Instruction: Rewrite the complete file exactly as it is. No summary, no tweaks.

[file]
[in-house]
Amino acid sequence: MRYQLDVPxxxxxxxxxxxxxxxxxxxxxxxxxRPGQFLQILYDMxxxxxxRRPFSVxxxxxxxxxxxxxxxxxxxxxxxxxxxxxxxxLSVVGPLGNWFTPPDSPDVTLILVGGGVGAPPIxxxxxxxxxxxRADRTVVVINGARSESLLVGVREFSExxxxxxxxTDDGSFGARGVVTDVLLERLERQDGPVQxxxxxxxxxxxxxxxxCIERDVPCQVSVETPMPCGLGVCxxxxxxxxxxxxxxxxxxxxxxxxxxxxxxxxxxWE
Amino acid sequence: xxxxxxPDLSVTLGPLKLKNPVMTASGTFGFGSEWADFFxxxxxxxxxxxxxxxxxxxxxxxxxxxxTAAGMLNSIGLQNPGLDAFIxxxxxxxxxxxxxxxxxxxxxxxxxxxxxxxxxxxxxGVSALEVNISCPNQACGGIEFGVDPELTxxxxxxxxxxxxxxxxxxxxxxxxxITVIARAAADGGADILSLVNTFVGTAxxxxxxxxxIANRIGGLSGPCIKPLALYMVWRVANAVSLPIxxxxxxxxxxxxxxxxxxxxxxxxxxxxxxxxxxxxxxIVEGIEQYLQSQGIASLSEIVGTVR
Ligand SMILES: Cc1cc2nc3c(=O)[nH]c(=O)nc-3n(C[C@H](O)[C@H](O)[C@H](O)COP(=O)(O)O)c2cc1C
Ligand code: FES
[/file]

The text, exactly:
[in-house]
Amino acid sequence: MRYQLDVPxxxxxxxxxxxxxxxxxxxxxxxxxRPGQFLQILYDMxxxxxxRRPFSVxxxxxxxxxxxxxxxxxxxxxxxxxxxxxxxxLSVVGPLGNWFTPPDSPDVTLILVGGGVGAPPIxxxxxxxxxxxRADRTVVVINGARSESLLVGVREFSExxxxxxxxTDDGSFGARGVVTDVLLERLERQDGPVQxxxxxxxxxxxxxxxxCIERDVPCQVSVETPMPCGLGVCxxxxxxxxxxxxxxxxxxxxxxxxxxxxxxxxxxWE
Amino acid sequence: xxxxxxPDLSVTLGPLKLKNPVMTASGTFGFGSEWADFFxxxxxxxxxxxxxxxxxxxxxxxxxxxxTAAGMLNSIGLQNPGLDAFIxxxxxxxxxxxxxxxxxxxxxxxxxxxxxxxxxxxxxGVSALEVNISCPNQACGGIEFGVDPELTxxxxxxxxxxxxxxxxxxxxxxxxxITVIARAAADGGADILSLVNTFVGTAxxxxxxxxxIANRIGGLSGPCIKPLALYMVWRVANAVSLPIxxxxxxxxxxxxxxxxxxxxxxxxxxxxxxxxxxxxxxIVEGIEQYLQSQGIASLSEIVGTVR
Ligand SMILES: Cc1cc2nc3c(=O)[nH]c(=O)nc-3n(C[C@H](O)[C@H](O)[C@H](O)COP(=O)(O)O)c2cc1C
Ligand code: FES